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The main reason I wanted to travel extensively slow, was for checking more carefully the reality on the ground, with a diverse overview over the landscape and even more human interactions. History is always present, but you need to be ready to catch it. In Arad train station, I spotted an old tent-roof stone building, hidden on the back of the train lines, most probably some kind of bunker left from the Cold War time.

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For the rest of the trip, I used intensively and on my own risk the local minibuses not only from a part to another of Romania, but also going as far away as Kishinev. The advantages are the very cheap prices and the availability round the day, with regular connections ready to go almost every hour. On the other hand, forget about safety belts, comfort or even cleanliness.

Now, that other travel adventures are calling my name, I’m glad that I made it through the summer and was lucky enough to be back home safe and healthy. A bit of slow travel once in a while can be a very rich experience, strongly recommended.

 

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Timisoara, a next European Capital of Culture?

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The first time I’ve been to Timisoara more than 10 years ago, I had to cope with a massive headache and wasn’t able see too much from the city. The second time I arrived was on a long train-way from Budapest, trying to cope with just another massive headache. Plus a shocking dirty looking train station where I was helped though by a nice lady to get the best price for the next leg of the trip to Brasov. Once I had the ticket in my pocket and was out of the station, I calmed down in a cafeteria called La Noemi, serving a good cappuccino and some traditional tasty pretzel (covrigi). Around me, I had a lot of very ugly looking communist housing projects, trying to get a bit out of the grey crowd, like this pinky ground floor. What we gonna do next?

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On the way to the small hotel we stayed, were the friendliness of the people helped me to ignore some muddy streets and dirty alleys, we noticed a lot of deserted industrial spaces, another testimony of the communist past of the city. With a nuance of regret, our taxi driver, in his mid-50s complained how the local industry doesn’t exist any more, forgetting that probably he would have not been able to talk with foreigners if the communist dictator was still in power.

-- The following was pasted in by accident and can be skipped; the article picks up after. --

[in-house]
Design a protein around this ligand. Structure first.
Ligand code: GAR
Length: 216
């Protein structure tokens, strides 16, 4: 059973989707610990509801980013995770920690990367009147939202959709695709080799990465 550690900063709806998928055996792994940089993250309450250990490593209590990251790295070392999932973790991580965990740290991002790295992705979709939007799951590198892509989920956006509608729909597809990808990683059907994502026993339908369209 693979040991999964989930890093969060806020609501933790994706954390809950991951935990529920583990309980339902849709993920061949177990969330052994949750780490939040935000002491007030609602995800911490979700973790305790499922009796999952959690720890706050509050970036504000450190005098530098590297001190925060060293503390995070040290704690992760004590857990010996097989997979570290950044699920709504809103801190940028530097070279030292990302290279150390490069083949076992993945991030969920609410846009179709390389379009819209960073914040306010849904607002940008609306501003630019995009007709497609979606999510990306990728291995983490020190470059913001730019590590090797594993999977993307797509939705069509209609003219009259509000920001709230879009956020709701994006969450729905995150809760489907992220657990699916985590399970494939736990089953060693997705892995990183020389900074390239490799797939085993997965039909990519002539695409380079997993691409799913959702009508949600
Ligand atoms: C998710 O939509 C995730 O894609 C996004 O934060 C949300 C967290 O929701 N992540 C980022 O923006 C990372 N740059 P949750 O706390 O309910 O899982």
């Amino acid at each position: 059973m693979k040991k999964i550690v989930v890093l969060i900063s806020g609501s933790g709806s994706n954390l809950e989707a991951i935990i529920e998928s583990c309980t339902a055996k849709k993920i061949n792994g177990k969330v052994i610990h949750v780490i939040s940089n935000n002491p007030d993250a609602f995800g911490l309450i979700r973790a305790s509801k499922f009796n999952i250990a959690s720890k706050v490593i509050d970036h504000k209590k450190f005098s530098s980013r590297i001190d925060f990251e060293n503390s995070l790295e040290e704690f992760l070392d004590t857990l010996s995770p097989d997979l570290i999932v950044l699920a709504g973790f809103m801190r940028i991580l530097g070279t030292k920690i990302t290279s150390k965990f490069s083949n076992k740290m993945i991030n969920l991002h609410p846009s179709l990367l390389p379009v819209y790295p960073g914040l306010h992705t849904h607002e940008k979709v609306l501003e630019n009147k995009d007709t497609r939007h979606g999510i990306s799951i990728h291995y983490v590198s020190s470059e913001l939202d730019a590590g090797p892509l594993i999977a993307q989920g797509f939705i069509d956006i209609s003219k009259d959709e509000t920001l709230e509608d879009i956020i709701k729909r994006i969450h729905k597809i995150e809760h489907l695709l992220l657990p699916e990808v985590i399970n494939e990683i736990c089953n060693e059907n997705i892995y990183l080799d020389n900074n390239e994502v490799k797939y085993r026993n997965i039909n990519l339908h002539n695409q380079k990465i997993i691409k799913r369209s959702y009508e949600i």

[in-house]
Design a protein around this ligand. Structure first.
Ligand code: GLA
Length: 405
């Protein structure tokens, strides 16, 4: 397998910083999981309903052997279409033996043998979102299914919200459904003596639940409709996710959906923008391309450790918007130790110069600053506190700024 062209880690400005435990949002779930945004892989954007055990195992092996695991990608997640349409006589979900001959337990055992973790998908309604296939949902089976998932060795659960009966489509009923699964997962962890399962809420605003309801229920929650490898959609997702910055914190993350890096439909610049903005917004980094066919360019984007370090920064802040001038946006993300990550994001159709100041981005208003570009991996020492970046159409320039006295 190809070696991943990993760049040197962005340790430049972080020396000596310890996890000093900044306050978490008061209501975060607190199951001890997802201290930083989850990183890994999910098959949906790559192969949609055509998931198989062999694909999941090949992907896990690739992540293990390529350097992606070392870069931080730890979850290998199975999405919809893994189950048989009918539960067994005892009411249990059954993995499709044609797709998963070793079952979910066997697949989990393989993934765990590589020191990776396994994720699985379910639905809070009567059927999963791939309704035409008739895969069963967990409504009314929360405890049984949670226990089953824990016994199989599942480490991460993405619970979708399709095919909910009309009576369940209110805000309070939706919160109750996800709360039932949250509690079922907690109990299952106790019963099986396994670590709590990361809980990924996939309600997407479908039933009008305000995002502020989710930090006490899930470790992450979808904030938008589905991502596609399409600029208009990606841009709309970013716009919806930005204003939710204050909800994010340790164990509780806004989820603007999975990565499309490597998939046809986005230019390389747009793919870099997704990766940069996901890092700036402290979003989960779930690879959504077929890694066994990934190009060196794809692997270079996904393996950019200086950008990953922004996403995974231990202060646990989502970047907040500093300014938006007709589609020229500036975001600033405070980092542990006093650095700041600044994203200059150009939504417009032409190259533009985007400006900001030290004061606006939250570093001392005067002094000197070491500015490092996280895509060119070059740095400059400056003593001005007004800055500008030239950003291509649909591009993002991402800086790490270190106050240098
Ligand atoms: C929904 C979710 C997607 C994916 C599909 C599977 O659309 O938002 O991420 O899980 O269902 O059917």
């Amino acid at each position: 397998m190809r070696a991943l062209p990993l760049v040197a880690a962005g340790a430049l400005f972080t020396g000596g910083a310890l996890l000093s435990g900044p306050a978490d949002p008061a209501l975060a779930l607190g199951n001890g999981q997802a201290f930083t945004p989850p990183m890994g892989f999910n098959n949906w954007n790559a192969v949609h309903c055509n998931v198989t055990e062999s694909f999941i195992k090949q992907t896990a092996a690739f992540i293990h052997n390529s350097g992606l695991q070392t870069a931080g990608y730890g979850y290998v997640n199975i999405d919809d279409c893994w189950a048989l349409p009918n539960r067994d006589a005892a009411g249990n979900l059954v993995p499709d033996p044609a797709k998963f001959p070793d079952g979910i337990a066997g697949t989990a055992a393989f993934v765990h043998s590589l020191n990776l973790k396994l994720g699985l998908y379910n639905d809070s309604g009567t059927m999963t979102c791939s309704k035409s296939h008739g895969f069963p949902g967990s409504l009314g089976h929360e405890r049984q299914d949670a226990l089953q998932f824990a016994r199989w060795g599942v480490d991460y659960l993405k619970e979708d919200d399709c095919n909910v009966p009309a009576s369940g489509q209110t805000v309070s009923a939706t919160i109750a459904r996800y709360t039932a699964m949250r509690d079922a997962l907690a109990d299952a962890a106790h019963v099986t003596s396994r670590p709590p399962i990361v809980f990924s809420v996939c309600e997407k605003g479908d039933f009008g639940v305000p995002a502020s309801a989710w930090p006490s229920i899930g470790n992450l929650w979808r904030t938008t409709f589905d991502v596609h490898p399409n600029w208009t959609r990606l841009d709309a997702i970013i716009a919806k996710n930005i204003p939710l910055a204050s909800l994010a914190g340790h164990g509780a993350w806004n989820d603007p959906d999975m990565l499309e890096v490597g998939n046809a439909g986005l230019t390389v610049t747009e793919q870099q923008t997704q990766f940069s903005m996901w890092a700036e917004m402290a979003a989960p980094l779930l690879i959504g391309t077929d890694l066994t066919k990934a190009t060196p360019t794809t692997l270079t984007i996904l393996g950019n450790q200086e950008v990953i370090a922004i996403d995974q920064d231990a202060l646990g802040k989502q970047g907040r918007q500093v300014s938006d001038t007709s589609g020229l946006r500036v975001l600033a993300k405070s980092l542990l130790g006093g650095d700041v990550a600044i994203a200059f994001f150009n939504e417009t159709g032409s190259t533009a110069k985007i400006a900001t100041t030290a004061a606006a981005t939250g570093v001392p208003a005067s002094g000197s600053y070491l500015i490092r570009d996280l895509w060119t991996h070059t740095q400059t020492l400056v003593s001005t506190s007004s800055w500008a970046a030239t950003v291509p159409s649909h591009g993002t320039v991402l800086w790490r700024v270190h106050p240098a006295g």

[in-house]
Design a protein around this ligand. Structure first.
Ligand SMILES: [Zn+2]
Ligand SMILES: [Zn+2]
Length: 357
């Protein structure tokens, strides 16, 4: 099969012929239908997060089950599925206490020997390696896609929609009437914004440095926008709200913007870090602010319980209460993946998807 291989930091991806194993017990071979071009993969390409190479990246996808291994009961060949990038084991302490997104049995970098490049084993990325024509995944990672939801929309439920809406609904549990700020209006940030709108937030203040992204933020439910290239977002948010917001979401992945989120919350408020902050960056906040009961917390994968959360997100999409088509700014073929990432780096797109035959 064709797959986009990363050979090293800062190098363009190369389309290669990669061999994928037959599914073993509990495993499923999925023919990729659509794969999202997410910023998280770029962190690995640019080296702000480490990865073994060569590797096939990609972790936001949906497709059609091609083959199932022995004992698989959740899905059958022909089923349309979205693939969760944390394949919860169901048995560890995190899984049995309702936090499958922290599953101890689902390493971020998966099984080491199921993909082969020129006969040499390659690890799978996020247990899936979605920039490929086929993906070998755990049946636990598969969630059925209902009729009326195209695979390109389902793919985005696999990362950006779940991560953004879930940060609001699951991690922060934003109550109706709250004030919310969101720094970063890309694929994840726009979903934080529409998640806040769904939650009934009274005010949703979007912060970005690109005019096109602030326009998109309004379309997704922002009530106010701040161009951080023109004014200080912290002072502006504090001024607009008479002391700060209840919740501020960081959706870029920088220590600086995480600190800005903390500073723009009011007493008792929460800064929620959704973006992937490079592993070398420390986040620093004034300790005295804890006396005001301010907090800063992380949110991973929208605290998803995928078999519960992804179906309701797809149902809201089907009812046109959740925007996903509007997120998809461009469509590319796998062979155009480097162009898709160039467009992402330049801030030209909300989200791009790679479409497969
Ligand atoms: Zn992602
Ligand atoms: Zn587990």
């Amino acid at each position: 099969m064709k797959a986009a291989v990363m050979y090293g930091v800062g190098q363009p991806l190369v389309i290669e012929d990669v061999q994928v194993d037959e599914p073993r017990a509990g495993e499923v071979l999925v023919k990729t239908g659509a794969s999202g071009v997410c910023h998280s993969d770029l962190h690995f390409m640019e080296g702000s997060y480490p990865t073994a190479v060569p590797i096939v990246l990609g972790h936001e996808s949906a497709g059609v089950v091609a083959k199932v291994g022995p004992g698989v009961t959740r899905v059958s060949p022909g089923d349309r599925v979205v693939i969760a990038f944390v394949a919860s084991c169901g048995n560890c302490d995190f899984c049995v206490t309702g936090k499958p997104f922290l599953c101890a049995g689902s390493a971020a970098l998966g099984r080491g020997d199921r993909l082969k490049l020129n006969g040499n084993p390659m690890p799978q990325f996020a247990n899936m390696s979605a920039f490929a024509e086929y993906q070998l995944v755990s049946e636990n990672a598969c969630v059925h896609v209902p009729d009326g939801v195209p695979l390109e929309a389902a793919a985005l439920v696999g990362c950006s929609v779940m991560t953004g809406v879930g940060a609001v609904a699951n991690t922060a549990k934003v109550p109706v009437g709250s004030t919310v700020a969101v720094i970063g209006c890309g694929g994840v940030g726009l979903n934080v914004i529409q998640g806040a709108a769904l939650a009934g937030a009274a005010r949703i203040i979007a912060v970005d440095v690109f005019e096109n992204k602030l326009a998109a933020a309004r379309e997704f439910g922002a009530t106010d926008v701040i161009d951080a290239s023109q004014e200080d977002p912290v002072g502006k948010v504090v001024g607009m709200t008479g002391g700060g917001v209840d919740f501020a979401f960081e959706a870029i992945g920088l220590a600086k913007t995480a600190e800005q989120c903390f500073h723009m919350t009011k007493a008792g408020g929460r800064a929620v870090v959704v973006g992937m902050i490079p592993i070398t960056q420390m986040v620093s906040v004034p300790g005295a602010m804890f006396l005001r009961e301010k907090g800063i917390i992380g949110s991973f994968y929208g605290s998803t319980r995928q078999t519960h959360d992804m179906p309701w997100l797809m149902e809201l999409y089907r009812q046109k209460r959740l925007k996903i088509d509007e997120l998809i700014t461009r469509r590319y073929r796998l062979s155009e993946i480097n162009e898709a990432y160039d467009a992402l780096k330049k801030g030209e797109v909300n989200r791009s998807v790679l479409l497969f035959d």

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Too many historical considerations for a poor head like mine, so I rather tried to focus on the colourful present of the city, with colourful graffiti joyously invading the deserted urban spaces. Things changed a little bit more than some might want to recognize, it seems.

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The contrasts are easy to notice in Romania, where poverty and luxury can co-exist easily only steps away. Close to the dirty industrial space, it is situated a huge multi-storey mall with a sophisticated multiplex home theater, a favourite meeting point of young people. Although they probably don’t have the money to buy all the expensive clothes or electronics displayed, they enjoy the ambiance, meeting at the food court for social networking. The food is not that expensive, and besides the popular Mc Donald’s and pizza and Asian foods there are also some local Balkan dishes one should definitely not miss, such as the pleskavica, made of various ground meats and potatoes.

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One good news about my headaches is that when it happens, I should definitely try to spend as much time as possible outdoors. Hoping the cold rain will make me feel better, I took on Cuza Street, passing near a nice park with even nicer graffiti. Lacking too many tourist signs, we rather follow streets intuitively, hoping that sooner or later we will arrive somehow near the central area.

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Slowly, we entered Eugeniu de Savoia Street and from there on, we were in the historical area. Compared to many other big Romanian cities, like Bucharest, for instance, Timisoara was not affected by megalomanic urbanist reshape that might have been destroyed the old constructions. However, for decades, the local budgets are suffering for underfunding and the result is the decayed facades of classical buildings.